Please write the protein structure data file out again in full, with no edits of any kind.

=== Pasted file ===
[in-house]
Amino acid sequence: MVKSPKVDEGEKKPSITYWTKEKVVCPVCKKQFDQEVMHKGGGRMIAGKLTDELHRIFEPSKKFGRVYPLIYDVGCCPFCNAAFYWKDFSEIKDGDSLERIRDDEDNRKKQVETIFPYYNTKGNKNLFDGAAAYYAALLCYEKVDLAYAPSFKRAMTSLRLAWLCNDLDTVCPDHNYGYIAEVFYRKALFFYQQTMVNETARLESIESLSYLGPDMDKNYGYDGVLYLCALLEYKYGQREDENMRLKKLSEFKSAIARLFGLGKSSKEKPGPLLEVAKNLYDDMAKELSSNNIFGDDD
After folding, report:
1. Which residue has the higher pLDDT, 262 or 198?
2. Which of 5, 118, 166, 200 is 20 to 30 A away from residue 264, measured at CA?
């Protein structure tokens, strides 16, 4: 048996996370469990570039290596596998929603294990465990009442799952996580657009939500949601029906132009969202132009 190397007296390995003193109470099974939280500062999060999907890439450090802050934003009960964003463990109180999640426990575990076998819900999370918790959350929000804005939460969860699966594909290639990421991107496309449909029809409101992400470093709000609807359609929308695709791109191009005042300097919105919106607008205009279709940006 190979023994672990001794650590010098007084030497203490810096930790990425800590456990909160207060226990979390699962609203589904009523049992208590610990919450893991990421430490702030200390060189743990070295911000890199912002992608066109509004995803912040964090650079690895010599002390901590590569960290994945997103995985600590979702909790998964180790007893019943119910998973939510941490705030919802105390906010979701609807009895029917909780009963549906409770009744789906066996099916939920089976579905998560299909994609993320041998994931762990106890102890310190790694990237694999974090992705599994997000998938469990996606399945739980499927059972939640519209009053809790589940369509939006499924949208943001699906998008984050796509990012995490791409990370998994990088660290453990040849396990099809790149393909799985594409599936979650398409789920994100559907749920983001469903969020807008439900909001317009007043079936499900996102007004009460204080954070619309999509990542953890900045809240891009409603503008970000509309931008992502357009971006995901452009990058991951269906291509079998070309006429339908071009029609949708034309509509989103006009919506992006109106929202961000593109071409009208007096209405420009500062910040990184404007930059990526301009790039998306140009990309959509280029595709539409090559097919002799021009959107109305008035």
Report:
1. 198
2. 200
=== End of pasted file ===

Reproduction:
[in-house]
Amino acid sequence: MVKSPKVDEGEKKPSITYWTKEKVVCPVCKKQFDQEVMHKGGGRMIAGKLTDELHRIFEPSKKFGRVYPLIYDVGCCPFCNAAFYWKDFSEIKDGDSLERIRDDEDNRKKQVETIFPYYNTKGNKNLFDGAAAYYAALLCYEKVDLAYAPSFKRAMTSLRLAWLCNDLDTVCPDHNYGYIAEVFYRKALFFYQQTMVNETARLESIESLSYLGPDMDKNYGYDGVLYLCALLEYKYGQREDENMRLKKLSEFKSAIARLFGLGKSSKEKPGPLLEVAKNLYDDMAKELSSNNIFGDDD
After folding, report:
1. Which residue has the higher pLDDT, 262 or 198?
2. Which of 5, 118, 166, 200 is 20 to 30 A away from residue 264, measured at CA?
């Protein structure tokens, strides 16, 4: 048996996370469990570039290596596998929603294990465990009442799952996580657009939500949601029906132009969202132009 190397007296390995003193109470099974939280500062999060999907890439450090802050934003009960964003463990109180999640426990575990076998819900999370918790959350929000804005939460969860699966594909290639990421991107496309449909029809409101992400470093709000609807359609929308695709791109191009005042300097919105919106607008205009279709940006 190979023994672990001794650590010098007084030497203490810096930790990425800590456990909160207060226990979390699962609203589904009523049992208590610990919450893991990421430490702030200390060189743990070295911000890199912002992608066109509004995803912040964090650079690895010599002390901590590569960290994945997103995985600590979702909790998964180790007893019943119910998973939510941490705030919802105390906010979701609807009895029917909780009963549906409770009744789906066996099916939920089976579905998560299909994609993320041998994931762990106890102890310190790694990237694999974090992705599994997000998938469990996606399945739980499927059972939640519209009053809790589940369509939006499924949208943001699906998008984050796509990012995490791409990370998994990088660290453990040849396990099809790149393909799985594409599936979650398409789920994100559907749920983001469903969020807008439900909001317009007043079936499900996102007004009460204080954070619309999509990542953890900045809240891009409603503008970000509309931008992502357009971006995901452009990058991951269906291509079998070309006429339908071009029609949708034309509509989103006009919506992006109106929202961000593109071409009208007096209405420009500062910040990184404007930059990526301009790039998306140009990309959509280029595709539409090559097919002799021009959107109305008035």
Report:
1. 198
2. 200